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Johnson and Blare Compete in National Native American Law Students Association Moot Court Tournament

Josey Johnson and Josey Blare at the National Native American Law Students Association Moot Court Tournament in California. Josey Johnson (left) and Josey Blare (right), second-year School of Law students, competed in the National Native American Law Students Association Moot Court Tournament. Johnson won the G. William Rice Best Oralist Award.

VERMILLION, S.D. – Two University of South Dakota School of Law students, Josey Johnson and Josey Blare, competed in the 28th annual National Native American Law Students Association Moot Court Tournament hosted by the University of California-Berkeley School of Law.

Johnson and Blare, both second-year law students, submitted a brief and participated in oral arguments in front of three judge panels. Johnson was named best spoken advocate out of over 120 competitors, winning the G. William Rice Best Oralist Award.

“Students at the USD School of Law can compete with anyone in the country,” said Johnson. “Thank you to the professors and all the individuals who helped us prepare—not only to attend the tournament but also helping us develop the skills to compete at that level."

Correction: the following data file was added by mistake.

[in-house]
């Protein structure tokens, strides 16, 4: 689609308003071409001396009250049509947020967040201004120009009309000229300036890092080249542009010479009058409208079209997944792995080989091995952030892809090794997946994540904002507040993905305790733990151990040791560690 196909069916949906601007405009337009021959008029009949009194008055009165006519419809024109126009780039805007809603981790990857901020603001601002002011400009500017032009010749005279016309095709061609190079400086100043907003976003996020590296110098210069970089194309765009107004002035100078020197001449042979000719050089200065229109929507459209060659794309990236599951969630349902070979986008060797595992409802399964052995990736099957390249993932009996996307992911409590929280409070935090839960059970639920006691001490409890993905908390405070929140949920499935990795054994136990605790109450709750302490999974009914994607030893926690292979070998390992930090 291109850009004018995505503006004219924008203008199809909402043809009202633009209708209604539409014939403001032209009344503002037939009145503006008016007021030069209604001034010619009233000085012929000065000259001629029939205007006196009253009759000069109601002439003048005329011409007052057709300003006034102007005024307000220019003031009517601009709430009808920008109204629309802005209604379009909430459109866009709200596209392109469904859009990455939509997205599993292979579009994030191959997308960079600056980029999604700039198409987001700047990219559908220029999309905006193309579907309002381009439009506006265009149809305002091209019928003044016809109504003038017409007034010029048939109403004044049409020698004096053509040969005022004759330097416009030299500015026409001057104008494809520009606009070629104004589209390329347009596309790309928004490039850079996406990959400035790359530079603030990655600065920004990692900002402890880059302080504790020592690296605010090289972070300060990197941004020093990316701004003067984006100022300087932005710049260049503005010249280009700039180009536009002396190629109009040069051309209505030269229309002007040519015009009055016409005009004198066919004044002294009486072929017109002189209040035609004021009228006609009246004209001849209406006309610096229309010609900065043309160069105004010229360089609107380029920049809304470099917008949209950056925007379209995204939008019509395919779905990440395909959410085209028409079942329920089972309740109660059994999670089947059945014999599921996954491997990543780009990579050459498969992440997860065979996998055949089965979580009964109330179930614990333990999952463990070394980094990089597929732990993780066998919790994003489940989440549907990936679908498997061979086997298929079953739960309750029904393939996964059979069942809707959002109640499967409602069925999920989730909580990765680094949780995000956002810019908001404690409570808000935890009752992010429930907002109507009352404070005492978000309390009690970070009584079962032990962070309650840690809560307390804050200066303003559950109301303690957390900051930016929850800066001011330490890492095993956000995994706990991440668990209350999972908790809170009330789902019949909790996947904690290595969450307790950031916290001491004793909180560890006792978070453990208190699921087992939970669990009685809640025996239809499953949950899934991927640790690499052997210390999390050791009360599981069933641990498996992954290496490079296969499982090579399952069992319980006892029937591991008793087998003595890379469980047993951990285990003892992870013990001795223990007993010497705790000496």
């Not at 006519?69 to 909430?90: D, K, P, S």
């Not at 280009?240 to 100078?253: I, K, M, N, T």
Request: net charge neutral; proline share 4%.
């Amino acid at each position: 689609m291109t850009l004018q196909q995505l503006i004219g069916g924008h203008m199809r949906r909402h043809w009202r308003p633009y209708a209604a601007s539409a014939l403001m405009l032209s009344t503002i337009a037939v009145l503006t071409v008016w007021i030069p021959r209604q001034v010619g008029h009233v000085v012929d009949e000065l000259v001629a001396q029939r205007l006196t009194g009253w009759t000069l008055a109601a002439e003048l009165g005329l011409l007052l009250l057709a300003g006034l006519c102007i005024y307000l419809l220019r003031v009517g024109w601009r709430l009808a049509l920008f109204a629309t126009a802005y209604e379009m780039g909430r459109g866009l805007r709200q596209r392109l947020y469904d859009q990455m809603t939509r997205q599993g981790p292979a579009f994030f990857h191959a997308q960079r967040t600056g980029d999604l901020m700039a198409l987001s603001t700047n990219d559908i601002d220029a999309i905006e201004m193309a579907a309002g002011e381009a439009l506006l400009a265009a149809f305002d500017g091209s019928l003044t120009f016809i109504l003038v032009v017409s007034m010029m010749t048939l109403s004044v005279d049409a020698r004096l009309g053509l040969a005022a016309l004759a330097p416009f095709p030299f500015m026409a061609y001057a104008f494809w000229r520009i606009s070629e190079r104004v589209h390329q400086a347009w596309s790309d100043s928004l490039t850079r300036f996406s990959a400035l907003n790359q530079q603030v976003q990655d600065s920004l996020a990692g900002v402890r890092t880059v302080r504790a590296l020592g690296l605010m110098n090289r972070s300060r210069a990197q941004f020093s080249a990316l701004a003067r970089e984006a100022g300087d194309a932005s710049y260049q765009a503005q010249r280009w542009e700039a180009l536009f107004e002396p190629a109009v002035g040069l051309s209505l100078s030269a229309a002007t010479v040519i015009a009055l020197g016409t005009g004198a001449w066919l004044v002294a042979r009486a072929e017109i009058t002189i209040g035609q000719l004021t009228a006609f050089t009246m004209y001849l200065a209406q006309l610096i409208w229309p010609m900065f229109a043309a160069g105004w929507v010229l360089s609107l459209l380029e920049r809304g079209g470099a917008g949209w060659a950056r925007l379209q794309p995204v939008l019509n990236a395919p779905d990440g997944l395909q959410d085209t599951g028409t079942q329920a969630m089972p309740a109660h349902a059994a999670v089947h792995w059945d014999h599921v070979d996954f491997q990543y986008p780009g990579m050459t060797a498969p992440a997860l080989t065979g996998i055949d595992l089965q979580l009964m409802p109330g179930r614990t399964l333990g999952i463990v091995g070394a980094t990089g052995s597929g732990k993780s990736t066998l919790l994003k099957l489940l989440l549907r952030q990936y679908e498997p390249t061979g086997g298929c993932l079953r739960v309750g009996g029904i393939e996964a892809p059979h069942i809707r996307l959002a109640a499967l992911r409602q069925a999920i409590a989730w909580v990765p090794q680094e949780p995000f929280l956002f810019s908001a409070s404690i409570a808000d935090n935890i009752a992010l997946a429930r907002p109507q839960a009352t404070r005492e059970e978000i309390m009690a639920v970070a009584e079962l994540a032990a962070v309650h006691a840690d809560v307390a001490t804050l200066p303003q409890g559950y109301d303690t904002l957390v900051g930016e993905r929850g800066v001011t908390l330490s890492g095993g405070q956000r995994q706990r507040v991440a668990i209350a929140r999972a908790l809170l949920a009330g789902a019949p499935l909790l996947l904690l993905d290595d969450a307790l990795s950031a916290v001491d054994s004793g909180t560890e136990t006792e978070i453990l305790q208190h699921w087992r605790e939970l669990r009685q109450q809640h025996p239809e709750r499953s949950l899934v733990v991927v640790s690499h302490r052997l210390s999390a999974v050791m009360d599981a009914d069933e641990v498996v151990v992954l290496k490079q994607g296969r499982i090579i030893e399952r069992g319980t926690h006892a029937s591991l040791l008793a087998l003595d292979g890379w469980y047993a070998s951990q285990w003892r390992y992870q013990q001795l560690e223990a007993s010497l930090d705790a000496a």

Johnson and Blare were assisted by students, faculty and alumni including former South Dakota U.S. Attorney Brendan Johnson, B.S. ’98, who judged practice rounds in preparation for the tournament. Brendan Johnson’s firm, Robins Kaplan, sponsored the competitors.

“Thank you to everyone that helped us prepare for the competition and provided us the opportunity to represent USD School of Law,” said Blare. “It was an honor to be able to meet and compete against future leaders in Indian law."


USD’s Knudson School of Law prepares students for leadership in the administration of justice in South Dakota, including in rural areas where the demand is great, and for private practice, public service, business and other law-related endeavors anywhere. Its joint degree program allows students to also earn one of nine master’s degrees within the traditional three-year law curriculum, which includes course tracks in business, commercial, constitutional, criminal, employment, environmental, Indian, real estate and tax law as well as civil litigation and estate planning.


Founded in 1862 and the first university in the Dakotas, the University of South Dakota is the only public liberal arts university in the state, with 202 undergraduate and 84 graduate programs in the College of Arts & Sciences, School of Education, Knudson School of Law, Sanford School of Medicine, School of Health Sciences, Beacom School of Business and College of Fine Arts. With an enrollment of nearly 10,000 students and more than 400 faculty, USD has a 16:1 student/faculty ratio, and it ranks among the best in academics and affordability. USD’s 18 athletic programs compete at the NCAA Division I level.


Hanna DeLange
USD News